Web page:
The debate stemmed from an announcement by City Manager Paul Page, stating there were no resident water service cut-offs in August. Page said he and city hall employees worked diligently with 39 delinquent customers to ensure no one¡¦s service was terminated. He said this is the first time he has seen a month with zero cut-offs in his tenure as city manager.
Councilman Ken Marks, a candidate for Fort Oglethorpe mayor in the Nov. 4 general election, thanked Page for his effort and said he recently spent time working with the city manager to persuade residents to catch up delinquent water bills and avoid a $100 reconnection fee.
Immediately following the adjournment of the council meeting, Richard Egeland, a candidate for Marks vacated Ward 1 council seat, took the podium to accuse the councilman of grandstanding during an election year by assisting with the unpaid water bills.
¡§Why is Ken Marks involved in this process?¡¨ Egeland said. ¡§Is it because it¡¦s election time? You¡¦ve got six people working at city hall. Why do you have to be involved?¡¨
¡§Because it¡¦s my job,¡¨ Marks said. ¡§If you get elected, it will be your job.¡¨
Marks further countered the remarks by stating that Egeland did not understand what is involved in the position of city councilman.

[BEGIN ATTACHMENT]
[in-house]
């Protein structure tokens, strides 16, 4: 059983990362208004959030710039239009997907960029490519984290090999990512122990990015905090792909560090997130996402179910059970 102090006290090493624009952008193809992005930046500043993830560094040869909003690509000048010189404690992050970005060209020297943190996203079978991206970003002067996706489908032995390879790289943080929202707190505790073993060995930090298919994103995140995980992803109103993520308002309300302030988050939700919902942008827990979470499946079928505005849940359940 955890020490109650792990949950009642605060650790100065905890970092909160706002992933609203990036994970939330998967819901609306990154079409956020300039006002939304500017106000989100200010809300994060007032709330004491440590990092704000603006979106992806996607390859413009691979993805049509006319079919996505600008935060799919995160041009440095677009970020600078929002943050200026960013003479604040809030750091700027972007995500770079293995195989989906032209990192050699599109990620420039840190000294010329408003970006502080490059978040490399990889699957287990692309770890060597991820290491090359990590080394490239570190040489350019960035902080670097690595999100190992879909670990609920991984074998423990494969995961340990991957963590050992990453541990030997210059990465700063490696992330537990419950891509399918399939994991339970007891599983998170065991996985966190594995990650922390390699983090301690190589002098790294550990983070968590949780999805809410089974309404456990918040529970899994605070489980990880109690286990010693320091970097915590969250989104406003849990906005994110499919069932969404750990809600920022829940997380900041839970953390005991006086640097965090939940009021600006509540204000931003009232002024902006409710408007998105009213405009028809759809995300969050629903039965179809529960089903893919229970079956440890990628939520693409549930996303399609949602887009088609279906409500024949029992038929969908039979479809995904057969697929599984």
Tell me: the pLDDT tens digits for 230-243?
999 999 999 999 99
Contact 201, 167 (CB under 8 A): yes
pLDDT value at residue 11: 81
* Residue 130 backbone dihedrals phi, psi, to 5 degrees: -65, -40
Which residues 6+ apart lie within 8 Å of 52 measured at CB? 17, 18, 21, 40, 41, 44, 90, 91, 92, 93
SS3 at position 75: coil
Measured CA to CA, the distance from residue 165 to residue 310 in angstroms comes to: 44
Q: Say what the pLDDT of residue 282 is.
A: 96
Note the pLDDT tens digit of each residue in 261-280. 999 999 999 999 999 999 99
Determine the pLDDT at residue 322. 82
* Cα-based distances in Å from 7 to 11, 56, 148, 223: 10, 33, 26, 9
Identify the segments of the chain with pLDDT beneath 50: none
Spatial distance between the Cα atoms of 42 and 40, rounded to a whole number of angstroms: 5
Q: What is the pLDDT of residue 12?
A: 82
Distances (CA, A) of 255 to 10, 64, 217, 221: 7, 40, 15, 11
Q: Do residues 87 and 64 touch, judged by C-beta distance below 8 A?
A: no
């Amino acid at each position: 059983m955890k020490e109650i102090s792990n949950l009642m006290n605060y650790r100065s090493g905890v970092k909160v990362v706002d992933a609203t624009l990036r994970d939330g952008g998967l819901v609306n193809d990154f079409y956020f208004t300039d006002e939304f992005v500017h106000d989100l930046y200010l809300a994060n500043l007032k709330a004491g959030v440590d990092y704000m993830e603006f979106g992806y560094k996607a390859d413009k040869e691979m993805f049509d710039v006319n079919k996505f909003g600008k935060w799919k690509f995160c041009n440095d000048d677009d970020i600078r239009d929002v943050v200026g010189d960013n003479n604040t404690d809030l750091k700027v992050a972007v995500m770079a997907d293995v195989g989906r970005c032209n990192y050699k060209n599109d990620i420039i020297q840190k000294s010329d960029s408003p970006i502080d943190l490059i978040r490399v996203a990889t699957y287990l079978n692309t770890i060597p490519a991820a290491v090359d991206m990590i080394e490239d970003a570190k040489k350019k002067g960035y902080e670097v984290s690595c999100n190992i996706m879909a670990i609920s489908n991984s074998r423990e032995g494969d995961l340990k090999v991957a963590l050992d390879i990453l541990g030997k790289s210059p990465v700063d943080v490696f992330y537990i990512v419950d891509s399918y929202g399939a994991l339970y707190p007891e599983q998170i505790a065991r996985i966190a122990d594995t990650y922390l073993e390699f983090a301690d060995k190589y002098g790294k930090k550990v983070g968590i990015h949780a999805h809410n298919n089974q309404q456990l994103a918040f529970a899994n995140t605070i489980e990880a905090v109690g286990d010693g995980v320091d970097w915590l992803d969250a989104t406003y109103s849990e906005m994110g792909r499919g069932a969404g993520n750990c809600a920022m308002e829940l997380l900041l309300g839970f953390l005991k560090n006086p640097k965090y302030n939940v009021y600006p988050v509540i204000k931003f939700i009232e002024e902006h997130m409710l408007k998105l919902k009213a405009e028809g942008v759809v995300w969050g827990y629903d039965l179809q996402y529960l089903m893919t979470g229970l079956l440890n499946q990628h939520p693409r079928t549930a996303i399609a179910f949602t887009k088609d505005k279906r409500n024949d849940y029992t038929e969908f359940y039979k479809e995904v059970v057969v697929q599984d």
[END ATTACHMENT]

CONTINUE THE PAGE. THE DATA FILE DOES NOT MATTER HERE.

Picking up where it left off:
Councilmen Ronnie Cobb and Alan Marshall also had heated exchanges with Egeland.
Cobb and Egeland continued to argue as the meeting dispersed, with Cobb advising Egeland to stay away from him in the future.
In other business...
ƒÜ City Manager Paul Page announced that the Environmental Protection Division has reduced the city¡¦s fines by an additional $1,000 for sewer leaks, bringing the final total to $5,000. The city was originally penalized $12,000 for two separate leaks earlier this year ¡X one on Beaver Road and another at Edgewood Circle. EPD supervisor Jim Buckles said Aug. 8 that the fines will likely be reduced because Fort Oglethorpe is spending a considerable amount of money modernizing its sewer system to correct existing problems.
ƒÜ The council unanimously approved an additional $45,000 to repave Barnhardt Circle in Fort Oglethorpe¡¦s historic district. In August, the council unanimously approved the repaving by Southeastern Materials at a cost of $59,720, with $46,700 of that funded by the Georgia Department of Transportation.
According to Public Works director Jeff Long additional work is needed as a result of the discovery of mainly dirt and little asphalt underneath the current pavement at the circle. Long said he will seek to obtain grant money from the state to offset the added costs.
ƒÜ The council unanimously approved a list of roads needing repaving to be submitted to GDOT for consideration as part of the state¡¦s 2004 Local Assisted Road Paving (LARP) program. Long said LARP will cover 100 percent of repaving costs of roads selected. Mayor Judd Burkhart said he expects GDOT to fund a maximum of only three of the 10 roads submitted for repaving